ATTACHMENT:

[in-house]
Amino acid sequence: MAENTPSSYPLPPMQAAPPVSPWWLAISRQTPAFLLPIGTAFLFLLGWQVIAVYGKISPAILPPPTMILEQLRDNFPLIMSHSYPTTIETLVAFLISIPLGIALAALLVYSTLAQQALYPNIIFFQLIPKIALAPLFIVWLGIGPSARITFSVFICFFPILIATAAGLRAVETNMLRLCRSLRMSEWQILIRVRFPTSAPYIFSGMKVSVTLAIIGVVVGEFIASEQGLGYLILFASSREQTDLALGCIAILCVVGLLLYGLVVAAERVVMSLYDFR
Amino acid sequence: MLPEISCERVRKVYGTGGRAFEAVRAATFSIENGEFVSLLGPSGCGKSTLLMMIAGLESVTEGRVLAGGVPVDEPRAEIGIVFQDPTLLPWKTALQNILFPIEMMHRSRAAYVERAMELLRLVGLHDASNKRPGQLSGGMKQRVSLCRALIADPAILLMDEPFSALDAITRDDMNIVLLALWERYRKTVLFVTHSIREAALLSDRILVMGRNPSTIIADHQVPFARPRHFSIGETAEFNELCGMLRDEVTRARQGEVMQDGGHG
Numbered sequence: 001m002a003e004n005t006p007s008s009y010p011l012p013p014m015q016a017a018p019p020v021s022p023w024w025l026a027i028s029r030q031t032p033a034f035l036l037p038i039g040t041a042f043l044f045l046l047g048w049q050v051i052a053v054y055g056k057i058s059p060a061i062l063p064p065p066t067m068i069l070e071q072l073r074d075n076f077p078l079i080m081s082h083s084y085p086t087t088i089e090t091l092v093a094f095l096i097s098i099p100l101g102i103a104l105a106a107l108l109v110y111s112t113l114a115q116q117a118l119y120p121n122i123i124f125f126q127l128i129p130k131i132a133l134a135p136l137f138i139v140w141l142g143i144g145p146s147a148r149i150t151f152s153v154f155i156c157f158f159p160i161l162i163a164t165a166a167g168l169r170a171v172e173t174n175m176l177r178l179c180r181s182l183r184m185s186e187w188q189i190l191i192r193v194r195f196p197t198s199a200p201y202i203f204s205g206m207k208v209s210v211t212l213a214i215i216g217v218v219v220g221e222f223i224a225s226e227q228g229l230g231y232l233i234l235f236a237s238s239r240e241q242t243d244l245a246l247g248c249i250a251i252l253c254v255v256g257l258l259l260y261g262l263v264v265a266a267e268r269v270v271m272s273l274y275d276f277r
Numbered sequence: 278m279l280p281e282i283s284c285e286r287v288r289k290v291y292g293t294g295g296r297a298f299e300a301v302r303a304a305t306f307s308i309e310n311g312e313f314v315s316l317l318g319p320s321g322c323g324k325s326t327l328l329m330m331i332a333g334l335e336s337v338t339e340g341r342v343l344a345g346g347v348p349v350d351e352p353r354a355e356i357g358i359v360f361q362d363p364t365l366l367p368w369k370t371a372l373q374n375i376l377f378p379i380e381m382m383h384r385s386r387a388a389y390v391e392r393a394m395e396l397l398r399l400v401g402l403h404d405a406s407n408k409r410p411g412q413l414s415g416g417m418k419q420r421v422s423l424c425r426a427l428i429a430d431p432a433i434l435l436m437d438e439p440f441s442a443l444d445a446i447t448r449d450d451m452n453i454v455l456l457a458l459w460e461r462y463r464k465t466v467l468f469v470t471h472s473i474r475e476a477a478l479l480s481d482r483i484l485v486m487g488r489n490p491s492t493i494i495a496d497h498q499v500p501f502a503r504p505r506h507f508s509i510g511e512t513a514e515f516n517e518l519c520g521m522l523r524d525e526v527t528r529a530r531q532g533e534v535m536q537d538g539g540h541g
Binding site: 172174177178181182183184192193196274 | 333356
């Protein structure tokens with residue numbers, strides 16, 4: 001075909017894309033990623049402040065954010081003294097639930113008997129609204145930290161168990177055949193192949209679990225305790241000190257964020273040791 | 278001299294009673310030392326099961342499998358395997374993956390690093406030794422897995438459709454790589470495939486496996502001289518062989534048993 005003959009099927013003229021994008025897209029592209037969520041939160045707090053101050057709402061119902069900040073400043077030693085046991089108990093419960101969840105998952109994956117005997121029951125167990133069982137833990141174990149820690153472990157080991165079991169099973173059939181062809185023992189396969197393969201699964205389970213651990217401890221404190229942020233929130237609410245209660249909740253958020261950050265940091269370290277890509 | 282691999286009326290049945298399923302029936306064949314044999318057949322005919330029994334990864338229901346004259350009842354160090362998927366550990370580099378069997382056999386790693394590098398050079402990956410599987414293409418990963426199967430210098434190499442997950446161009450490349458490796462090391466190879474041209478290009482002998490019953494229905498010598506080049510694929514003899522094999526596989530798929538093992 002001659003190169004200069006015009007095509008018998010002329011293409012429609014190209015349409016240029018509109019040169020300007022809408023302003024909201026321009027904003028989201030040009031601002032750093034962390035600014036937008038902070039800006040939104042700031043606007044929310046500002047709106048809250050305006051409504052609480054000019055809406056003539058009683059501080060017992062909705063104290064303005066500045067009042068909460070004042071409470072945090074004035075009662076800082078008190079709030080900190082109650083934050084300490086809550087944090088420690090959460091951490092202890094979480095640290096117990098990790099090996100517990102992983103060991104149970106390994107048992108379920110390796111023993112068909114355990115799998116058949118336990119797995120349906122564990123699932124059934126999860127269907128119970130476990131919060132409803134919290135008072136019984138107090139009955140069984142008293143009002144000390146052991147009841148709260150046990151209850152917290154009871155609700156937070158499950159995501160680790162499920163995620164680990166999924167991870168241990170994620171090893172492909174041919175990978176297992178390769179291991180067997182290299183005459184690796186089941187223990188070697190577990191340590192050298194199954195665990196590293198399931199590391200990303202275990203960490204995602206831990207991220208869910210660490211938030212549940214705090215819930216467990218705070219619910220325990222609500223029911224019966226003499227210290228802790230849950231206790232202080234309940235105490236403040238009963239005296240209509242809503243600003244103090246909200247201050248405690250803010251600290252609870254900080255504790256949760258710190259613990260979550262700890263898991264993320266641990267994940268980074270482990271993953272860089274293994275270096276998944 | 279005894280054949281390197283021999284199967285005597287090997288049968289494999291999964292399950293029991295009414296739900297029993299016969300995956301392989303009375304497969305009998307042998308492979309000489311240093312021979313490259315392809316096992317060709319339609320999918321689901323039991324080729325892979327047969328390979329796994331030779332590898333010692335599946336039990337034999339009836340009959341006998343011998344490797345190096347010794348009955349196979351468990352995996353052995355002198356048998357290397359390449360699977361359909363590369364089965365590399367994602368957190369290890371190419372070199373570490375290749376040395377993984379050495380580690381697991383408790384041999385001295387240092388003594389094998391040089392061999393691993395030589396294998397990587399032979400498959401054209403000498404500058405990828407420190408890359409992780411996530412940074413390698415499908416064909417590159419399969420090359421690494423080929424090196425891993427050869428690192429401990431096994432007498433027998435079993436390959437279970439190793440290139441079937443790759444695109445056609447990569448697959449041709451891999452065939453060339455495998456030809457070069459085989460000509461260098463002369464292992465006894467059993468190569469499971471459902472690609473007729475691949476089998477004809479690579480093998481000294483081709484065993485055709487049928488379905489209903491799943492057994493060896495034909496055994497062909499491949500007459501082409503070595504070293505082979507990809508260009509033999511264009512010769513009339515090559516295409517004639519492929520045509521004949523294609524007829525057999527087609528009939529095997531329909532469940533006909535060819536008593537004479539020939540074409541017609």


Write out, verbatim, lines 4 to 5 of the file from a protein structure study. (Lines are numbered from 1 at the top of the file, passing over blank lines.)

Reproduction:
Numbered sequence: 001m002a003e004n005t006p007s008s009y010p011l012p013p014m015q016a017a018p019p020v021s022p023w024w025l026a027i028s029r030q031t032p033a034f035l036l037p038i039g040t041a042f043l044f045l046l047g048w049q050v051i052a053v054y055g056k057i058s059p060a061i062l063p064p065p066t067m068i069l070e071q072l073r074d075n076f077p078l079i080m081s082h083s084y085p086t087t088i089e090t091l092v093a094f095l096i097s098i099p100l101g102i103a104l105a106a107l108l109v110y111s112t113l114a115q116q117a118l119y120p121n122i123i124f125f126q127l128i129p130k131i132a133l134a135p136l137f138i139v140w141l142g143i144g145p146s147a148r149i150t151f152s153v154f155i156c157f158f159p160i161l162i163a164t165a166a167g168l169r170a171v172e173t174n175m176l177r178l179c180r181s182l183r184m185s186e187w188q189i190l191i192r193v194r195f196p197t198s199a200p201y202i203f204s205g206m207k208v209s210v211t212l213a214i215i216g217v218v219v220g221e222f223i224a225s226e227q228g229l230g231y232l233i234l235f236a237s238s239r240e241q242t243d244l245a246l247g248c249i250a251i252l253c254v255v256g257l258l259l260y261g262l263v264v265a266a267e268r269v270v271m272s273l274y275d276f277r
Numbered sequence: 278m279l280p281e282i283s284c285e286r287v288r289k290v291y292g293t294g295g296r297a298f299e300a301v302r303a304a305t306f307s308i309e310n311g312e313f314v315s316l317l318g319p320s321g322c323g324k325s326t327l328l329m330m331i332a333g334l335e336s337v338t339e340g341r342v343l344a345g346g347v348p349v350d351e352p353r354a355e356i357g358i359v360f361q362d363p364t365l366l367p368w369k370t371a372l373q374n375i376l377f378p379i380e381m382m383h384r385s386r387a388a389y390v391e392r393a394m395e396l397l398r399l400v401g402l403h404d405a406s407n408k409r410p411g412q413l414s415g416g417m418k419q420r421v422s423l424c425r426a427l428i429a430d431p432a433i434l435l436m437d438e439p440f441s442a443l444d445a446i447t448r449d450d451m452n453i454v455l456l457a458l459w460e461r462y463r464k465t466v467l468f469v470t471h472s473i474r475e476a477a478l479l480s481d482r483i484l485v486m487g488r489n490p491s492t493i494i495a496d497h498q499v500p501f502a503r504p505r506h507f508s509i510g511e512t513a514e515f516n517e518l519c520g521m522l523r524d525e526v527t528r529a530r531q532g533e534v535m536q537d538g539g540h541g